Media

No, Drake & Lil Wayne aren’t making $3M per year from Pandora

Image Credit: http://www.flickr.com/photos/eastscene/4802192606/

Pandora founder Tim Westergren disclosed some interesting financial information today regarding how much money the company pays out to individual music artists.

“For over 2,000 artists Pandora will pay over $10,000 dollars each over the next 12 months, and for more than 800 we’ll pay over $50,000, more than the income of the average American household,” Westergren wrote in a company blog post. “For top earners like Coldplay, Adele, Wiz Khalifa, Jason Aldean, and others, Pandora is already paying over $1 million each. Drake and Lil Wayne are fast approaching a $3 million annual rate each.”

One very important distinction to make about these performance fees figures is that they represent the amount of money that Pandora has to pay per artist, but it’s not necessarily what the artist takes home. The performance fees are divided among the copyright holder (like a music label), the artist, and SoundExchange, a non-profit performance rights organization that processes fees for songs played through the service.

I asked Pandora for clarification on how much an artist would make from the financial figures posted in the blog post, and the company responded with the following statement:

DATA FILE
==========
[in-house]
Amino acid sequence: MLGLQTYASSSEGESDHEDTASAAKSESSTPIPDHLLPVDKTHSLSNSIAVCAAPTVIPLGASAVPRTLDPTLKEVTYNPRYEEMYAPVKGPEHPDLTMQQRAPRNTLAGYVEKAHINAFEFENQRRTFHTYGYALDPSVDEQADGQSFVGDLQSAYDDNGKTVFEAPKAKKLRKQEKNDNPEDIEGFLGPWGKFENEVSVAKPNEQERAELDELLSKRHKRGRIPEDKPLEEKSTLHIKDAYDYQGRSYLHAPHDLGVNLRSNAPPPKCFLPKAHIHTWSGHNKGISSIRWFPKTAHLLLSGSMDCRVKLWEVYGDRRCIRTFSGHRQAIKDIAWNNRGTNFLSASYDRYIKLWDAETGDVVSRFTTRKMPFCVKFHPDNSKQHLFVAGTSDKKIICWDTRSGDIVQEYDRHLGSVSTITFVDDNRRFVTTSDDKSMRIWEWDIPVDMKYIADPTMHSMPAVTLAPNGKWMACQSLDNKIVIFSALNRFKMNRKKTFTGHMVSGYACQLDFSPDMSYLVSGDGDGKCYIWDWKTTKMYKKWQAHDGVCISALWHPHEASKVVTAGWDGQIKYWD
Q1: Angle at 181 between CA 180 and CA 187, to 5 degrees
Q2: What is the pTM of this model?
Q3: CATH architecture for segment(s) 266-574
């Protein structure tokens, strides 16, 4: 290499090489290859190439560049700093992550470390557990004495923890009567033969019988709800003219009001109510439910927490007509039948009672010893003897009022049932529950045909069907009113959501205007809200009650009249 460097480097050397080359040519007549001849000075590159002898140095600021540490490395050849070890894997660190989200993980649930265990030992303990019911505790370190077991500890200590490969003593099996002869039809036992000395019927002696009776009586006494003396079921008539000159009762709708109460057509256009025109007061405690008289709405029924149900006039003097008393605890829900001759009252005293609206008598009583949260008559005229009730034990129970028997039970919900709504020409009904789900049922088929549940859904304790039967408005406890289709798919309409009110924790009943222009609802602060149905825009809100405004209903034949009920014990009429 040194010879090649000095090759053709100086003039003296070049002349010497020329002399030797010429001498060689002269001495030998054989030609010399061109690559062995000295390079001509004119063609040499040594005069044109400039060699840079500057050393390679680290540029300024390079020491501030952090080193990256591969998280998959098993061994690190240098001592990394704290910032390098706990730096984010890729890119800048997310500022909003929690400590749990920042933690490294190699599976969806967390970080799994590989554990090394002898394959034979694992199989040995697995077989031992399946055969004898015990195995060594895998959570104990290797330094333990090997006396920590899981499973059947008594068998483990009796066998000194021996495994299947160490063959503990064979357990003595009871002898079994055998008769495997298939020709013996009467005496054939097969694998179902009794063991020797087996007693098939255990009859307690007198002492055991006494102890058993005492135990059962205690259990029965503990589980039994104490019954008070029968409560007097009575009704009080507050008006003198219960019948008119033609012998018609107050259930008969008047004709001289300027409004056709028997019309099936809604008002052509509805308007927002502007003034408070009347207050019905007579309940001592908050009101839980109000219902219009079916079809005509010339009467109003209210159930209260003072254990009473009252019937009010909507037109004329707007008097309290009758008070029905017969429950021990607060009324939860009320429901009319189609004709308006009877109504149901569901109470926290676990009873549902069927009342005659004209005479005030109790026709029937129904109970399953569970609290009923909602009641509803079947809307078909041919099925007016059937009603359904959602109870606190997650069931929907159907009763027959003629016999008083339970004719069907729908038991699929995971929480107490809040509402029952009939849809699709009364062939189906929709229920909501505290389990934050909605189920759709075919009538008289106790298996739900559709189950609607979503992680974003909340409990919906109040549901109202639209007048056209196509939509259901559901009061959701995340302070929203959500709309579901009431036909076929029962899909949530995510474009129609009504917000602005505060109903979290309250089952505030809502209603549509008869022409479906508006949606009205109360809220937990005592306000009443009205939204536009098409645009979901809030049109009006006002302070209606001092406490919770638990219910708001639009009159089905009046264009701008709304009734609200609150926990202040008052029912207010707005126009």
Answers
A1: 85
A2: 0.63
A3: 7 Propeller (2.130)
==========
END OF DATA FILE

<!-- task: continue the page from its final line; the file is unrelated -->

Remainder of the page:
“If the artist retained ownership of the copyright, then the featured artist would receive 95% of these amounts with the remaining 5% going to non-featured artists (after whatever cost SoundExchange takes). If the artist has sold the copyright to another entity such as a label, the performing artist still would receive at least 45% of these amounts, non-featured artists would receive 5%, and the copyright owner 50% (some of which could make it back to the featured artist depending on the deal they struck when they sold their rights), again after whatever cost SoundExchange takes.”

In all likelihood, many of the top artists on Pandora don’t own the copyrights to their music — meaning they aren’t making as much as Westergren initially stated. Also, emerging artists, who might retain copyrights on their songs, probably won’t make enough to survive on Pandora’s paychecks alone.

But Westergen does make an important point in his post: the predatory licensing fees instituted by the RIAA and Washington are entirely too high and spell doom for what he calls a “middle class wage” for artists. He even cites several big tech companies like AOL and Yahoo as leaving because they no longer considered Internet radio to be a viable business — with the overall point being that if Pandora and its competitors eventually come to the same conclusion, the bulk of musicians won’t be able to treat their passion as a career.

“This is not a recipe for a sustainable industry. It is a destructive stranglehold that is putting at risk a much larger reward for musicians everywhere,” Westergen wrote.

Pandora’s largest cost is music licensing fees, which accounts for about 55 percent of its total operating budget. And while the company has consistently reported record revenue growth, those fees are also what’s keeping Pandora from turning a profit, as VentureBeat previously reported.

Drake photo via Eastscene/Flickr

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